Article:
channel of the receivers. The receivers keep accumulat-
ing mutual information from the source and relays, until
they can successfully decoding the message. As the
fountain code enables a reliable multicast transmission
without CSI feedback and ARQ, it has been introduced
into the standards of MBMS and DVB [6,7]. The users
with different channel qualities have different speeds to
accumulate the mutual information. A straightforward
approach to improve the performance of multicast com-
*This paper is supported by the National Natural Science Foundation o
China under Grant No. 61102078, the National Science and Technol-
ogy Major Project under Grant No. 2010ZX03003-004-01, the Spe-
cialized Research Fund for the Doctoral Program of Higher Education
under Grant No.20110201120014, the Open Research Fund of Na-
tional Mobile Communications Research Laboratory, Southeast Uni-
versity (No.2011D10), and the Fundamental Research Funds for the
Central University.
opyright © 2013 SciRes. CN
Q. H. DU ET AL. 145
munication is let the users decode message rst help the
users decode message after. In this paper, we introduce a
cooperative scheme based on fountain code to improve
the performance of multicast communication, which is
different from previous cooperative schemes in point-to-
point scenarios [8,9].
Due to user cooperation and fountain coding, we can
improve the efciency and reliability of multicast trans-
mission. Most user terminals are battery-powered, and
forwarding message for other users will consume a lot of
power. Letting all decoded users forward message with
maximum transmission power can obviously bring great
performance gain for multicast transmission, but the
shortcoming of this approach is that it is not an energy
efcient way and will shorten the network lifetime,
which is measured by the rst node running out of its
energy in the network [10]. We take the residual energy
and local channel state information of users into consid-
eration, and apply a relay selection and transmission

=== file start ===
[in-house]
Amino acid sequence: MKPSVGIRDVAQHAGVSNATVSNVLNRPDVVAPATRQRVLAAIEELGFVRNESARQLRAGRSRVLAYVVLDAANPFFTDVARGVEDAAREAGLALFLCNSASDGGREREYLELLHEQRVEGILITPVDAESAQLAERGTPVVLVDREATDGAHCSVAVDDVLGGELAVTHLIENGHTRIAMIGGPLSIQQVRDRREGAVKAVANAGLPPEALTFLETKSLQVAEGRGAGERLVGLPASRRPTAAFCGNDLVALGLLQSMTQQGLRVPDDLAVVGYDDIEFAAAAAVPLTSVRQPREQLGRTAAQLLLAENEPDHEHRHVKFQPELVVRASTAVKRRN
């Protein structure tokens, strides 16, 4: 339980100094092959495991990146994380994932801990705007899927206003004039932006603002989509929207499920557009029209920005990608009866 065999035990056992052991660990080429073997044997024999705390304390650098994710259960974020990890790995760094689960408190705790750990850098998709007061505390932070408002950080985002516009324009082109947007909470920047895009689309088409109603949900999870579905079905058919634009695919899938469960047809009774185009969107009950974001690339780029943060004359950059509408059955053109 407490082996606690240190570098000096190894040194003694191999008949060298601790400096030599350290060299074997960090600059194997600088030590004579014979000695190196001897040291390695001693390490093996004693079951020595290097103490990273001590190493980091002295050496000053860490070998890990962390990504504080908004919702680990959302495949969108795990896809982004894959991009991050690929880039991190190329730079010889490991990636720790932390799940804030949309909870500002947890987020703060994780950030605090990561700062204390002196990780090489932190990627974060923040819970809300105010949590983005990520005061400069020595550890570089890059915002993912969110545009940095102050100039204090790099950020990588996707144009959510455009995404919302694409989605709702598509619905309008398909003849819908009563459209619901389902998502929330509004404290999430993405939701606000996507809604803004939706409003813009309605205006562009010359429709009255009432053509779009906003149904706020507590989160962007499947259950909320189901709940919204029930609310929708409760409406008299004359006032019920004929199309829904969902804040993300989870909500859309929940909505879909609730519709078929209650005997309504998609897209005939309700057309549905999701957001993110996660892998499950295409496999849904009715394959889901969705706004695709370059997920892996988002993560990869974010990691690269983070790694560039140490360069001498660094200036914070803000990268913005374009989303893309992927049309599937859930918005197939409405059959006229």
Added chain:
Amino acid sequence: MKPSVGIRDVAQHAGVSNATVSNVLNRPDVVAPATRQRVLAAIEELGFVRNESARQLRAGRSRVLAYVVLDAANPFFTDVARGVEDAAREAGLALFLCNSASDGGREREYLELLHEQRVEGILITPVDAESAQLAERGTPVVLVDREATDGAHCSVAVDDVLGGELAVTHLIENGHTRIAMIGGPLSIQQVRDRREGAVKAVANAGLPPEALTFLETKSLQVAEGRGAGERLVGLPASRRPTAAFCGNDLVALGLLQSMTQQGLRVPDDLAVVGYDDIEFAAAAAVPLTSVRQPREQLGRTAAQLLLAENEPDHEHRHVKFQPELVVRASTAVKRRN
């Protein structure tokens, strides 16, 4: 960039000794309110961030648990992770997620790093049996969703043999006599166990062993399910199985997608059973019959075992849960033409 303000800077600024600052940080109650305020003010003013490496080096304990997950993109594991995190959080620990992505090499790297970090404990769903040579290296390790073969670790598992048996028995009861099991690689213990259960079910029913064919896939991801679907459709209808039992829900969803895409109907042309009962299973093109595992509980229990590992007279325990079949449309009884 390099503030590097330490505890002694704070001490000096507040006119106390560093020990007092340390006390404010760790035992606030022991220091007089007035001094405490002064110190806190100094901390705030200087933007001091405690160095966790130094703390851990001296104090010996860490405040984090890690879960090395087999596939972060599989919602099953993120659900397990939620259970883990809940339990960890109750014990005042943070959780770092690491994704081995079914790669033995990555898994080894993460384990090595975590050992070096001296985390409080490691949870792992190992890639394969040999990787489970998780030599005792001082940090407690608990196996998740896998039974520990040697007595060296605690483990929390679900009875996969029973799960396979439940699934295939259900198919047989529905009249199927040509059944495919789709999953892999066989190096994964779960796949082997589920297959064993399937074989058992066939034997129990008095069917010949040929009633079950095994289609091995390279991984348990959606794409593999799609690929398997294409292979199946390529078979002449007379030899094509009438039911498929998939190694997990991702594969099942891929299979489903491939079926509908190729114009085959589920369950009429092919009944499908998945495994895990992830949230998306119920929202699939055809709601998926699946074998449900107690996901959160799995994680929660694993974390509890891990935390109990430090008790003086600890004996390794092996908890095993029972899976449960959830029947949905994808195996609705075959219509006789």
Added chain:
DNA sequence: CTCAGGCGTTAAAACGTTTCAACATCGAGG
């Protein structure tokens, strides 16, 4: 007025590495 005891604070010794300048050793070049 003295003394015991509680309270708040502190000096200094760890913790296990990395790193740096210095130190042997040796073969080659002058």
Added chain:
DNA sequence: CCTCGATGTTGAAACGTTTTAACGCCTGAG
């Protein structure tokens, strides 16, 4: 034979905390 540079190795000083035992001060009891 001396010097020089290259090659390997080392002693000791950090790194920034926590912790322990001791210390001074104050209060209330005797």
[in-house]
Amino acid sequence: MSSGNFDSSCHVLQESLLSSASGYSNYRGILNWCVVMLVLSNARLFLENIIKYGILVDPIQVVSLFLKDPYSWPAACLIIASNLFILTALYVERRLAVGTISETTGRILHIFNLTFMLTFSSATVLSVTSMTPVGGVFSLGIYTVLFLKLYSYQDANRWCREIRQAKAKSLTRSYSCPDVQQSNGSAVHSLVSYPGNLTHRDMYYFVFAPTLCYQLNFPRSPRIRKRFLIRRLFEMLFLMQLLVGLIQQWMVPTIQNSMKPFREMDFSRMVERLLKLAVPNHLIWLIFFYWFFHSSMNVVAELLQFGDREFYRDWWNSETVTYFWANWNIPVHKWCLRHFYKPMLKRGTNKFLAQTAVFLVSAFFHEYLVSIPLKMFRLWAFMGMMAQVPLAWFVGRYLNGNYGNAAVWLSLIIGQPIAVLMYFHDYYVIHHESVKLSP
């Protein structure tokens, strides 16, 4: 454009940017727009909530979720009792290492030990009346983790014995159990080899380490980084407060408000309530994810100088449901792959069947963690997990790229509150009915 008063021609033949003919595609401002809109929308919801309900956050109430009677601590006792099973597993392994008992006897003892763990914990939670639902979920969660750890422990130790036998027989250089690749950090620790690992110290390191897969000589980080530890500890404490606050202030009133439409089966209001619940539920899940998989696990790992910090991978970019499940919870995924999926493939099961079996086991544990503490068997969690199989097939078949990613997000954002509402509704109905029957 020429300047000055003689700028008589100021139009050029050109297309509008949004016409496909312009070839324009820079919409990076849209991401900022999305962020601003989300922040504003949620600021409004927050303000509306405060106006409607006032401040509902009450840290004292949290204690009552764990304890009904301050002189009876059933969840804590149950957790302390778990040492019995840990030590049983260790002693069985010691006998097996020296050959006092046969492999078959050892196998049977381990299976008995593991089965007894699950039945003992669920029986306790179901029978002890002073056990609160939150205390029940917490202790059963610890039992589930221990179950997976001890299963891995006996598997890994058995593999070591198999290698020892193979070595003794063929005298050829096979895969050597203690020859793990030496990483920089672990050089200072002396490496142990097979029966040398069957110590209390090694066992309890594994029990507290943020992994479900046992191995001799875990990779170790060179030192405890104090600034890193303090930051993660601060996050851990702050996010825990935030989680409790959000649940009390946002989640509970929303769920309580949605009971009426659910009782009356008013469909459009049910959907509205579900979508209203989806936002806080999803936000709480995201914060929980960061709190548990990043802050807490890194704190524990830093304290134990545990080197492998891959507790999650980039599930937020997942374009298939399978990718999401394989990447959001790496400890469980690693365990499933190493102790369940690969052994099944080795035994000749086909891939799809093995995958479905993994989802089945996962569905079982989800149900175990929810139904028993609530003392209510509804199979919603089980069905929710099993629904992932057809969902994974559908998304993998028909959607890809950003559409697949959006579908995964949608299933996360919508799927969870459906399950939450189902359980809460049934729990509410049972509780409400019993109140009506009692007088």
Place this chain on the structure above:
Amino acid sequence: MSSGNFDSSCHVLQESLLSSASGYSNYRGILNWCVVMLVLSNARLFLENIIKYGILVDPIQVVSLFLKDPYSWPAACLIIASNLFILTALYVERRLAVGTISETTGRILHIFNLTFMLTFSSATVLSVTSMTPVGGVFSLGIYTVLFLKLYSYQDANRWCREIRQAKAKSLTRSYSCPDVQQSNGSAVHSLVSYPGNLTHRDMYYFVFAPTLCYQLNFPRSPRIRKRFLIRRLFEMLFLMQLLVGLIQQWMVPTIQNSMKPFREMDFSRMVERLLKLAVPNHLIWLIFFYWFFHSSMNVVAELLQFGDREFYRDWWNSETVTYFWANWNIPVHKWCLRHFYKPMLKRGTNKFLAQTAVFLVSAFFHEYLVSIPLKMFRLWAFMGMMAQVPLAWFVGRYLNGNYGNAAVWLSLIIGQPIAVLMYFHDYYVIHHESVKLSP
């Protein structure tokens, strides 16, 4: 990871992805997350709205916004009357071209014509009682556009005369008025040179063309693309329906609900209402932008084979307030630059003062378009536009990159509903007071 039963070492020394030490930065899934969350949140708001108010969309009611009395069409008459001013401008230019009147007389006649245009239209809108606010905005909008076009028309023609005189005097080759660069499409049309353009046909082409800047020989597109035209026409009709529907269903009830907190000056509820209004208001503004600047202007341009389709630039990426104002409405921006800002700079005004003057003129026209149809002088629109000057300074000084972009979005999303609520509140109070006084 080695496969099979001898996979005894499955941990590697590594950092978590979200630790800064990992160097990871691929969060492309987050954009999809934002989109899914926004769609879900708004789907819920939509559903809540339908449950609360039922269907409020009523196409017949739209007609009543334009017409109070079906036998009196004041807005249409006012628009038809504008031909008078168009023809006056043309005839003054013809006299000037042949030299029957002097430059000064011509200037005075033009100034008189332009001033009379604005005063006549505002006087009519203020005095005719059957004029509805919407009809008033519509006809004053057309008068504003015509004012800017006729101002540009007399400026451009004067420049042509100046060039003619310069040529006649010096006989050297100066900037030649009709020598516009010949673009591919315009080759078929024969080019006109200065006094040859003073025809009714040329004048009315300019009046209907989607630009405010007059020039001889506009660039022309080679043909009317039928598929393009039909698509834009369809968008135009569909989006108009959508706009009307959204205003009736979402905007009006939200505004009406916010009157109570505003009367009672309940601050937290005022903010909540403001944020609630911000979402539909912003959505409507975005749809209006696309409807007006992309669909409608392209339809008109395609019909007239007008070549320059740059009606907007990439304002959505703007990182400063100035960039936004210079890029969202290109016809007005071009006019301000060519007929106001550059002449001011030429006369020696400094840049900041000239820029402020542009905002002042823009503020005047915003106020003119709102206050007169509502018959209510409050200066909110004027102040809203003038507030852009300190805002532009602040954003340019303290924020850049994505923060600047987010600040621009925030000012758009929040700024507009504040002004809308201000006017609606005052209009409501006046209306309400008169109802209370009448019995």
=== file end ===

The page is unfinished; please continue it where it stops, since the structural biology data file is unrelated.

power allocation algorithm in our cooperative multicast
scheme. Simulation results show that the proposed
scheme can achieve a good tradeoff between transmis-
sion delay and network lifetime.
The rest of this paper is organized as follows. The
system model is introduced in Section 2. Section 3 de-
scribes the proposed cooperative multicast scheme. Si-
mulations results are presented and discussed in Section
4, illustrating the performance of the proposed scheme.
Finally, conclusions are drawn in Section 5.
2. System Model
2.1. Network Model
Consider a wireless multicast network with a circular cell
of radius as shown in Figure 1. The BS is located at the
center of the cell and multicasts to M users. The M users
are randomly located in the cell with uniformly distribu-
tion. The location of user can be deter-
mined by (,
(1 )ii
where 0i
and 02
 .
In the paper, we consider the large-scale path loss at-
tenuation, small-scale fading and additive white Gaussian
noise (AWGN) in the wireless channel, the link between
any two nodes are independent. Path-loss attenuation is
determined by the geographical environment and dis-
tance between the receiver and the transmitter, so the
path loss between user can be modeled as
ij ij
PL rr
is the path loss parameter, ,ij is the trans-
mission distance between user , given by
()2 cos()
ijiji jij
 (2)
Small-scale fading is caused by multiple versions of a